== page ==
Treatment Compliance Could Lower Bladder Cancer Recurrence and Death Rates
In 2013, the National Cancer Institute projected 72,570 new cases of bladder cancer with 15,210 estimated deaths. Statistics have revealed that bladder cancer affects women, the elderly and African-American people more severely than men, white, and younger people. Research into finding ways of lowering these rates in high-risk groups has tied bladder cancer recurrence and mortality rates to better treatment compliance. Researchers from the University of California Los Angeles' Jonsson Comprehensive Cancer center discovered that when bladder cancer patients receive treatment under intense surveillance for the first two years post diagnoses, their cancers' likelihood of returning decreases dramatically. The patients' death rates could also be lowered.
"Even though 80 percent of bladder cancer patients don't die of their disease within five years, most patients will either die of other causes or bladder cancer, require aggressive treatment - removal of the bladder, radiation and/or chemotherapy and/or have a recurrence of the disease," the head researcher, Dr. Karim Chamie, assistant professor-in-residence at the UCLA's urology department said reported by Medical Xpress. "This study highlights the need to comply with treatment guidelines to prevent recurrences by instilling anticancer agents inside the bladder and following patients more closely within the first two years of diagnosis."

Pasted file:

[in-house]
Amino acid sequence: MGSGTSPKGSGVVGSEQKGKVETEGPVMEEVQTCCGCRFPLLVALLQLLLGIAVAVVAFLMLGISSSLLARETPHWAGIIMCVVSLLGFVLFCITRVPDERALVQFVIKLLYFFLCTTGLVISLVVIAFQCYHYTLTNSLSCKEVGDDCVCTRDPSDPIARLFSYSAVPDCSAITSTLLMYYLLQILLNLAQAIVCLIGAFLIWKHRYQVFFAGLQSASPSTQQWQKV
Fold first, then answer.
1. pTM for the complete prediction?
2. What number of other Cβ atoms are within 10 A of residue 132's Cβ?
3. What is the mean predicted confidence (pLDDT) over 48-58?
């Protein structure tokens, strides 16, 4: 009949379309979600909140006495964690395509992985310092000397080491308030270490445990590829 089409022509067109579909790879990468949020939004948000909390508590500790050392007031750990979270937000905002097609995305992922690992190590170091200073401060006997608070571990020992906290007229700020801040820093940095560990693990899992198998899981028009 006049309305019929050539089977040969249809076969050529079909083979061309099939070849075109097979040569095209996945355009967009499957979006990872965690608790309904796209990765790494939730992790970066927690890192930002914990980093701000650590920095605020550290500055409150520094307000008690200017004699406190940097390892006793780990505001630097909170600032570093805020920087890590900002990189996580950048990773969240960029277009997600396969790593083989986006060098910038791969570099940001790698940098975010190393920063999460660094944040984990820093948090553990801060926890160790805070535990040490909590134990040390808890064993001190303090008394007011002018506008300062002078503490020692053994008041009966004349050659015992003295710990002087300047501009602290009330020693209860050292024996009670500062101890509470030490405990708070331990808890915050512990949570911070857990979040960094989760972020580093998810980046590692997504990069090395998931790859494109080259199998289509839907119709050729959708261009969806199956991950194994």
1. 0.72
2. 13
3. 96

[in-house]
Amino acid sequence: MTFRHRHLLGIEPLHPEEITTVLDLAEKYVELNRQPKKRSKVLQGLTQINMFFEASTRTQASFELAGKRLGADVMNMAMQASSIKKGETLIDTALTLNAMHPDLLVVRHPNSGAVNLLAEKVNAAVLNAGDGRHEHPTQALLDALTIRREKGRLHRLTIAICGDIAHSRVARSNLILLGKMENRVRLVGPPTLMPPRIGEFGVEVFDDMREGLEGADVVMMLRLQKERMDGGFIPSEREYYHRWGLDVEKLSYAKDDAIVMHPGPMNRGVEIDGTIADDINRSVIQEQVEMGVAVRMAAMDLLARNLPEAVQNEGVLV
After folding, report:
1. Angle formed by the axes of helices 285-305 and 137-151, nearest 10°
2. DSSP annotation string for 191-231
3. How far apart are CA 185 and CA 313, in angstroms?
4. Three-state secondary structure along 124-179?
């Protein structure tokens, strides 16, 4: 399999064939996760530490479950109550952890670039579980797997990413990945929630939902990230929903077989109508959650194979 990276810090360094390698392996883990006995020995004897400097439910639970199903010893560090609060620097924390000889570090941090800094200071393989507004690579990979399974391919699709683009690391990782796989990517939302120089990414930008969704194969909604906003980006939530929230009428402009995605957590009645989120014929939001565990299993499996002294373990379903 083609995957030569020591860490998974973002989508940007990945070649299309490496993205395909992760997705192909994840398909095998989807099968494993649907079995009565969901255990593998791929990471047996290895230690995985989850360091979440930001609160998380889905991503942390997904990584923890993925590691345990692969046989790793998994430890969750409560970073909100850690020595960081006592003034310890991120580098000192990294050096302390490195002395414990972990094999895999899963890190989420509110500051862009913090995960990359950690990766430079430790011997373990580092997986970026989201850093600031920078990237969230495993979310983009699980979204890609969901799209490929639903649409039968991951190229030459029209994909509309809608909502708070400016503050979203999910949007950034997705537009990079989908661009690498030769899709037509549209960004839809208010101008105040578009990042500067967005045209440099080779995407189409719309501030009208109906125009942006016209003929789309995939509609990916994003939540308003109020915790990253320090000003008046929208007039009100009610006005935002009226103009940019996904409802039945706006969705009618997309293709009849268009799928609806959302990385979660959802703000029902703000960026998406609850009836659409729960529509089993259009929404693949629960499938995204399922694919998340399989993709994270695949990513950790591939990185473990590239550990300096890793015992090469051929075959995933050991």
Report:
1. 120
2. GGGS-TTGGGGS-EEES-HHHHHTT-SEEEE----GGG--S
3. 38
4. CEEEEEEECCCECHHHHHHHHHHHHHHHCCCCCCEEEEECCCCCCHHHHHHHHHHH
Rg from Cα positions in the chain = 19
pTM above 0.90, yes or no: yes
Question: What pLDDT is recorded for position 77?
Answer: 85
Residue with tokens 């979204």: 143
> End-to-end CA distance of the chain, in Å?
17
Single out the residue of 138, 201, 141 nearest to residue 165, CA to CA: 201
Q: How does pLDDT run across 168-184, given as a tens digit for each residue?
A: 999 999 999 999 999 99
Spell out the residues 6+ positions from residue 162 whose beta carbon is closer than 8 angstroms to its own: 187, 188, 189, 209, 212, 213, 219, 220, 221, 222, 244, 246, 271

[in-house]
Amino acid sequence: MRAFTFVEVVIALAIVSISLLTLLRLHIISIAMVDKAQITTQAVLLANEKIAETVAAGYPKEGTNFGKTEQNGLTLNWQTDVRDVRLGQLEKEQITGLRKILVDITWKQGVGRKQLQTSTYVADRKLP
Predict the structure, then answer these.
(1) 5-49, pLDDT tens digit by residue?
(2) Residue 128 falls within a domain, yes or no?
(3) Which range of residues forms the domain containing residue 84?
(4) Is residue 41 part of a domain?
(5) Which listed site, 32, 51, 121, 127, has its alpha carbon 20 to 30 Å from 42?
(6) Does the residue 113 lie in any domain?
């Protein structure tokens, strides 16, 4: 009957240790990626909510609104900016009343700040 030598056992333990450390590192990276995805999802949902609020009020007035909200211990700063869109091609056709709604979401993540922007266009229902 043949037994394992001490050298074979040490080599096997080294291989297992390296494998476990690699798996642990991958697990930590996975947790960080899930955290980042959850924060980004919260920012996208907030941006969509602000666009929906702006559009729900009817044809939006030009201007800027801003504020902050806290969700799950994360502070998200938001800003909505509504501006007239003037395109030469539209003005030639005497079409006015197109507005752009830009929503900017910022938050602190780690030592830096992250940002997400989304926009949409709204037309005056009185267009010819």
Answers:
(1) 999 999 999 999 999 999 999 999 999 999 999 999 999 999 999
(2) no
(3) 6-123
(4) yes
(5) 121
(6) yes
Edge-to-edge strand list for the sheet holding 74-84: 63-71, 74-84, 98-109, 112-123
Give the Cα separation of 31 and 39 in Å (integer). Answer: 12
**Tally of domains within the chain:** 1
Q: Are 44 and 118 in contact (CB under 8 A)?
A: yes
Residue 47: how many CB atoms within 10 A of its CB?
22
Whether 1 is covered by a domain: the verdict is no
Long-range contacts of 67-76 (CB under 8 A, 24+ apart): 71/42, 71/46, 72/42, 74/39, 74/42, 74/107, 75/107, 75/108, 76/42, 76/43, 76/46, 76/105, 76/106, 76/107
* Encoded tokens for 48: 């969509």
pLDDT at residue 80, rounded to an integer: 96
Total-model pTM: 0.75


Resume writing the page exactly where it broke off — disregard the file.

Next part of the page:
The researchers used data composed of Medicare beneficiaries who were diagnosed with high-grade, non-muscles-invasive bladder cancer. Using this nationwide sample, researchers discovered that nearly 75 percent of the sample with this type of bladder cancer experienced a return of the cancer within 10 years. Nearly one third of the patients had advanced bladder cancer progression that required the removal of the bladder, radiation therapy, or systemic chemotherapy. 41 percent of the patients had cancer recurrence that did not spread.
The research team stressed that one instillation of chemotherapy could significantly lower the chances of recurrences. This rate is reduced even more after six instillations into the bladder. Due to this evidence, researchers remind patients and doctors to closely monitor bladder cancer within the first two years.
"Efforts should be increased to offer patients intravesical therapy with the goal of minimizing the burden of this disease," Chamie added.
The study, the first of its kind to evaluate the morbidity of the recurrence of bladder cancer within the United States, was published in Cancer.